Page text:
What’s the safest option for my kid?
What’s the difference between a crib and a cradle?!
Bassinets, cradles, cribs, travel sleepers, Moses baskets, bedside sleepers…
When it comes to preparing for a new baby, there are so many difficult choices for a pregnant mother or a new parent to make. There is a wealth of information available about every imaginable safety hazard and all the potential benefits and disadvantages of different sleeping arrangements, and it can be a lot to process.
The truth is, every baby and every parent is different, and as long as your child is sleeping and is safe, that’s really all you can ask for. Either a bassinet, cradle or crib could be best for you and your baby, and some parents have all three!
What is a Bassinet?
Bassinets are small baskets, often made of wicker or cane. Unlike Moses baskets, which really are just a basket, a bassinet has legs and a hood or cover. Bassinets are meant for very small babies, usually younger than 4 months.
Bassinets are great for co-sleeping. Pediatricians recommend that you and your baby should share a room for the first 6 months, without necessarily sharing a bed. A lightweight, compact bassinet is a great way to accomplish this. Since these products are so small and light, they are also very portable, so you can move them around your home. Some stroller models have a detachable bassinet, which is very convenient.
For an exhausted new parent, there’s something to be said for less lifting. The walls of a bassinet are lower than a crib, so it’s easier to lift a baby in and out; you can even lift from a seated position instead of having to stand up and lean over a crib.
- Lightweight and portable
- Good for a small budget (less than $200)
- Often made of natural materials (ex. wicker or cane)
- Very snug and cozy (some babies prefer this)
- Available features include a way to make lights or sounds, and built-in toys or a mobile.
- The baby will grow out of it quickly (within 6 months)
How to Buy a Bassinet:
- Look for mesh or fabric walls, so your baby can still breathe if his/her face is pressed up against the wall.
- Avoid used ones, as safety regulations are frequently updated.
- They often come with bedding; if so, make sure to use the bedding that’s designed for your bassinet, as it will fit closely with no gap.The mattress should be thin and firm.
- Pay very close attention to the manufacturer size and weight guidelines, and move your baby to a new bed when he/she outgrows the bassinet.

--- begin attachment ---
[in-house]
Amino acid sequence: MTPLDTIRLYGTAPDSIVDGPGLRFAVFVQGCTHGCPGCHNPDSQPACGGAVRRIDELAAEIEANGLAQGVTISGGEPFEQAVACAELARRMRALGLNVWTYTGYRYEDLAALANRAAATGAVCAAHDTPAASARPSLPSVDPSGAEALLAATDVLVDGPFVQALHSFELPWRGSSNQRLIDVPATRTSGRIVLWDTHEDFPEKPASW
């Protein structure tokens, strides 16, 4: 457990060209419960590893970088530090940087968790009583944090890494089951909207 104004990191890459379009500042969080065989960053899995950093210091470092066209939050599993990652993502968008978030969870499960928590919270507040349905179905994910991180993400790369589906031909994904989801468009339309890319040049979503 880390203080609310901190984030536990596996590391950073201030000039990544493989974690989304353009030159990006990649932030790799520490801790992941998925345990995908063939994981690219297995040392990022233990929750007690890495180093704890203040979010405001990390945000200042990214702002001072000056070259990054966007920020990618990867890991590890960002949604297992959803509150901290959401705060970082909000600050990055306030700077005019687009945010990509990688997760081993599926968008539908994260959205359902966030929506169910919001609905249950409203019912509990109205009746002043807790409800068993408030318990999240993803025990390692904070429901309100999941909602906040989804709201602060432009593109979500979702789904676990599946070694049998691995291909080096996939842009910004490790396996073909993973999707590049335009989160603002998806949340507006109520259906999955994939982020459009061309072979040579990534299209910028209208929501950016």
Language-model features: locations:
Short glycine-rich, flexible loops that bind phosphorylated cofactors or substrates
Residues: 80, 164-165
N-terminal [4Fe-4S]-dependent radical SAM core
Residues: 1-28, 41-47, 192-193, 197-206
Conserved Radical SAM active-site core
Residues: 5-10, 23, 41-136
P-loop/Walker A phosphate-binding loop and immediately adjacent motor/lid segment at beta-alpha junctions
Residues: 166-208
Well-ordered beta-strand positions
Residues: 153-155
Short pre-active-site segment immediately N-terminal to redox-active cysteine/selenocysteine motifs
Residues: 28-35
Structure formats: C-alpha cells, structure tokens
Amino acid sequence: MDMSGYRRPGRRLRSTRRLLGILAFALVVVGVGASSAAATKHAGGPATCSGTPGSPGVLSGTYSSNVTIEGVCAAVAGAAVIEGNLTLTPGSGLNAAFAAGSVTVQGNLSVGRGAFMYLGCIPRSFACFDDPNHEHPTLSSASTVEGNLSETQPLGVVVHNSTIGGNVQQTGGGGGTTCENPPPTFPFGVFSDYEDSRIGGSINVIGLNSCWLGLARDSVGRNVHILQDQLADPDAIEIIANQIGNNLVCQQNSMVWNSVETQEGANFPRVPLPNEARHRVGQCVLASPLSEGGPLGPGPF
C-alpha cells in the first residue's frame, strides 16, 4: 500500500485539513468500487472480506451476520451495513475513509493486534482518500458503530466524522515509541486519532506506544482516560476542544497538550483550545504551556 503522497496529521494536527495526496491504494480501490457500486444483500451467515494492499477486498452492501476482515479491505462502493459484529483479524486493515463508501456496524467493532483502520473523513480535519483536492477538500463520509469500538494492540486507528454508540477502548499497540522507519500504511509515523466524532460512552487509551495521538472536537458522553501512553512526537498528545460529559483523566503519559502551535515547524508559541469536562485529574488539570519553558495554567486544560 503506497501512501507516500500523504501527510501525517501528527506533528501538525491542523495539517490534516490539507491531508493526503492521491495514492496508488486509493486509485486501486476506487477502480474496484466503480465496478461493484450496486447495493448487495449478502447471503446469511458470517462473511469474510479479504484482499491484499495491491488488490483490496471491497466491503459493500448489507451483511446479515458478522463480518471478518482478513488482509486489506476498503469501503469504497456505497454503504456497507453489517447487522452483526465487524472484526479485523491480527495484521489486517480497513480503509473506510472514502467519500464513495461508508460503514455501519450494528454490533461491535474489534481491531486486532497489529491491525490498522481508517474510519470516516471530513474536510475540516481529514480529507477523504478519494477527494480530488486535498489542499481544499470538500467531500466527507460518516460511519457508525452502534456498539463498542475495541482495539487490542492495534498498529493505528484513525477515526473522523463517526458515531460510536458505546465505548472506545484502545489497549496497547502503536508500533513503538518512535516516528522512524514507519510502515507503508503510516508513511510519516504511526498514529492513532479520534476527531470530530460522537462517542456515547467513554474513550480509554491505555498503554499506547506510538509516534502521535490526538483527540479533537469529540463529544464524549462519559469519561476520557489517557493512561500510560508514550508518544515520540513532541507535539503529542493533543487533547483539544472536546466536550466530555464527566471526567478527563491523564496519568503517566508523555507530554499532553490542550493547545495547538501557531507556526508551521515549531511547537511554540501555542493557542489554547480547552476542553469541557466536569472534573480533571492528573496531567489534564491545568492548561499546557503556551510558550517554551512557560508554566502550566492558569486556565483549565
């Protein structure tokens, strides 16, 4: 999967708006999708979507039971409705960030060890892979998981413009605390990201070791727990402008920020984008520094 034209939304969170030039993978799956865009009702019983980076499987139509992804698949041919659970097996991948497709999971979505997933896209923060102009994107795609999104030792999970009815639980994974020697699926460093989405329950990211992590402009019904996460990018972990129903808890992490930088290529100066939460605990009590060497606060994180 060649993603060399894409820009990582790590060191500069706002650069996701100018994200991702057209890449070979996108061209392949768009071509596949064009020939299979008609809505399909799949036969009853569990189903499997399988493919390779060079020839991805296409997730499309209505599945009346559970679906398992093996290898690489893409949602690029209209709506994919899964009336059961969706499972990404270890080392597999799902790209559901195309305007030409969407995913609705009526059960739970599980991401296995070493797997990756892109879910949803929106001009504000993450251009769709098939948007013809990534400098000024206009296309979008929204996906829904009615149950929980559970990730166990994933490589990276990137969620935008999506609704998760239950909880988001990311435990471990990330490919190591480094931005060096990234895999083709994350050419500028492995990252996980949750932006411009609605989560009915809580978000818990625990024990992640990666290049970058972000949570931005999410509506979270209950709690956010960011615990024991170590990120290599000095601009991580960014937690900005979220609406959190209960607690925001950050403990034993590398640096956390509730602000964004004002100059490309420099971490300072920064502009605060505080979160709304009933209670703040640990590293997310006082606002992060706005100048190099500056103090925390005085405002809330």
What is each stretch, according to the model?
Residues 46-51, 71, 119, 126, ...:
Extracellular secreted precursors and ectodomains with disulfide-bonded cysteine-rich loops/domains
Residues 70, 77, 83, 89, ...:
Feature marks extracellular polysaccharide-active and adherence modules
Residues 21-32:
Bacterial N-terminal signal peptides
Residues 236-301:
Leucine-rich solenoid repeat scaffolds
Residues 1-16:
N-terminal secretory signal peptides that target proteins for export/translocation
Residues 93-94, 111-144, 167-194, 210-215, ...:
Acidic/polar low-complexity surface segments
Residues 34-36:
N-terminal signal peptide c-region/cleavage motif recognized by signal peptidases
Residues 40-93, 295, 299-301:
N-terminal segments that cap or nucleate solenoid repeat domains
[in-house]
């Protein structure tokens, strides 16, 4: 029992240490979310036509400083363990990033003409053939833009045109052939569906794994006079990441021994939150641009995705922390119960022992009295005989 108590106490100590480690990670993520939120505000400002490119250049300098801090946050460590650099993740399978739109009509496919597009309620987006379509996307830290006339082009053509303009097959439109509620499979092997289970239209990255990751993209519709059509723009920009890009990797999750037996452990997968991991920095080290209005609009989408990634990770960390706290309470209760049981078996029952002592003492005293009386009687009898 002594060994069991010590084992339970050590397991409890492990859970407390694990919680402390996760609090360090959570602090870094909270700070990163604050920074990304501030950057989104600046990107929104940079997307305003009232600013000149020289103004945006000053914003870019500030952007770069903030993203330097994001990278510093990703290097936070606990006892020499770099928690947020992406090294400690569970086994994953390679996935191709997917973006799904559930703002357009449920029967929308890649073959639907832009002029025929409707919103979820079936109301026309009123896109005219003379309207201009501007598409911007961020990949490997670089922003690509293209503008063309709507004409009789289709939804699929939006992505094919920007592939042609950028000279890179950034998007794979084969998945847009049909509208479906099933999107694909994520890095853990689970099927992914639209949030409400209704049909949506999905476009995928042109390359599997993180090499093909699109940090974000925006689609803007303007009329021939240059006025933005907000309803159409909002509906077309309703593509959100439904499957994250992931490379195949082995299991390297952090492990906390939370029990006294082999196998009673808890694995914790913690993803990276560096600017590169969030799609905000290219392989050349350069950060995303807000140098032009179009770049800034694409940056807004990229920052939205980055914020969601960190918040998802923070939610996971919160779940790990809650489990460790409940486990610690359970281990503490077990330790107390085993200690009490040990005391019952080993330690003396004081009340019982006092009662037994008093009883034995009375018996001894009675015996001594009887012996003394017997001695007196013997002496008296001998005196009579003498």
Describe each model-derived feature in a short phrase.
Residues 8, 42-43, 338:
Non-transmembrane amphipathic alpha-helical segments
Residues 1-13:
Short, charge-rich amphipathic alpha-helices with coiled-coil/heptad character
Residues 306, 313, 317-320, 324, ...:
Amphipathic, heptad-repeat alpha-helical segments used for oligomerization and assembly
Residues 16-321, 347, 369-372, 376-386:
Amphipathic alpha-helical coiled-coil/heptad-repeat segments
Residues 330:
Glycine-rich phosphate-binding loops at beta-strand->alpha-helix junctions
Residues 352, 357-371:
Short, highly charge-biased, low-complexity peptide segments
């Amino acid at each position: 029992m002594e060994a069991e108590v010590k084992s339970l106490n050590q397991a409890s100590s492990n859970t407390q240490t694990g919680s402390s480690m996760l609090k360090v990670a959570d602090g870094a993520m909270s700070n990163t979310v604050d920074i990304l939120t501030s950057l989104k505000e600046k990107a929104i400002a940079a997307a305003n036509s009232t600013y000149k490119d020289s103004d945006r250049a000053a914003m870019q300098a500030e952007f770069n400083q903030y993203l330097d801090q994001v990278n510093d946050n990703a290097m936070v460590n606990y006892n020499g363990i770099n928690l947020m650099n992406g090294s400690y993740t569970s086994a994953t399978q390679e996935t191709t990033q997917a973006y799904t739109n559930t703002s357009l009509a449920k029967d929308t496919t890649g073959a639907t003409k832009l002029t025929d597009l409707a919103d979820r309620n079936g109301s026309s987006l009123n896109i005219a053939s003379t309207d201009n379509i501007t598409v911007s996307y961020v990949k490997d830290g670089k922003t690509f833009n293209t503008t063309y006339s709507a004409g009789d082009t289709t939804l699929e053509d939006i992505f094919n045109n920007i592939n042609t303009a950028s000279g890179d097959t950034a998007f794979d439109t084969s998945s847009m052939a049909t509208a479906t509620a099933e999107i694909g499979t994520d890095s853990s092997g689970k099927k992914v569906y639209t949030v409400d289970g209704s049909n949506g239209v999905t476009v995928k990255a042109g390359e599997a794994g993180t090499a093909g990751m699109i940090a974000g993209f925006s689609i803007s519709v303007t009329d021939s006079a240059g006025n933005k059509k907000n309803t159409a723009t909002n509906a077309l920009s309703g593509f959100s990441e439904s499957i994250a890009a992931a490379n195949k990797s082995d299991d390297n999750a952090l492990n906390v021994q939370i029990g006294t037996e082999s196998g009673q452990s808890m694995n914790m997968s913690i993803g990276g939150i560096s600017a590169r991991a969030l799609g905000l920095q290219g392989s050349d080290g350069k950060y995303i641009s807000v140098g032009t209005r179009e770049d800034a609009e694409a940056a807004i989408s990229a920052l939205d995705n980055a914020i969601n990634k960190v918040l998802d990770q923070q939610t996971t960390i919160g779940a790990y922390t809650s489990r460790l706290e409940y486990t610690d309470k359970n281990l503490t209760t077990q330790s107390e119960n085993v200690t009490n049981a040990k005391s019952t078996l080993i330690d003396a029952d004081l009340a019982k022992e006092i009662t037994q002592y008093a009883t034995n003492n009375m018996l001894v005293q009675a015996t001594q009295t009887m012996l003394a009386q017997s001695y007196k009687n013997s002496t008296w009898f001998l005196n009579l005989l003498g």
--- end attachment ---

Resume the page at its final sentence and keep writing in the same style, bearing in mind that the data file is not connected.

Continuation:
- If buying a stroller with a detachable bassinet, keep in mind that stroller bassinets are typically designed to be used with supervision, since you can always see that your child is safe when pushing him/her in a stroller. These are not recommended for nighttime use.
- If there are any folding mechanisms, check that they can lock when extended (without locking mechanisms, the folding elements will not be as strong).
What is a Cradle?
A cradle typically looks like a small version of a crib, and they’re usually bigger and heavier than a bassinet. Cradles are generally made of wood or manufactured materials, and often have a rocking/gliding mechanism.
- Both stationary and portable models are available
- Soothing rocking/gliding mechanism
- Will last longer than a bassinet
- Typically bedding is purchased separately
- Heavier than a bassinet or basket
How to Buy a Cradle
- Avoid cradles with a pronounced rocking mechanism that tilts the baby strongly from side to side; this motion is connected to suffocation when the baby rolls against the cradle wall. Look for gentle rocking, gliding or vibrating mechanisms instead.
- If you have an heirloom cradle with a rocking mechanism, supervise the child while in use.
- As with a bassinet, make sure the mattress is thin and firm and fits closely to the edges of the cradle so there is no gap.
- Look for a safety certification, like JPMA or CPSC, particularly for old-fashioned wooden cradles; many of these models are not safety-certified, unlike most cribs and bassinets.
What is a Crib?
A crib is a child’s bed with slatted/lattice sides. They are built of wood or manufactured materials and are typically stationary, though you can buy models with castor wheels.
If you want your purchase to last a long time, a crib is the way to go. It will take your baby a long time to outgrow it and you can buy convertible models that will transition into a cot, bench, or even a full bed.
If you are looking to invest some money, cribs have a higher price point because they are sturdier and last longer. This means you can find a lot of different features and styles to suit your needs.
If you plan to have your child sleep in his/her own nursery, a crib will be the natural choice. Cribs are also more secure, if you have another small child or pet that might try to climb in with the baby or lift him/her out; the high walls of the crib will prevent interference with the baby.
How to Buy a Crib
- Avoid drop-side cribs, these are not considered safe.
- Also avoid crib bumpers, which are associated with SIDS.
- Look for cribs that allow you to adjust the height of the mattress, so you can lower it when your child learns how to stand up.
- Teething bars, to prevent your child from chewing the wooden rails and getting splinters, can be a very good idea.
- Make sure the mattress fits the crib closely, with no gap. The mattress should be thin and firm.
- If you buy a model with wheels, make sure there is a locking mechanism.
Whichever product you decide to go with, always check your safety regulations before shopping and look for safety certifications on the product. Many manufacturers have guidelines regarding the size and weight of your baby, as well as ability to sit up, grab things, etc.; these are very important for using your products properly.
In the long term, the choice between a crib, cradle and bassinet is mostly one of preference, and whichever you pick, you’ll soon be shopping again – this time for a full bed!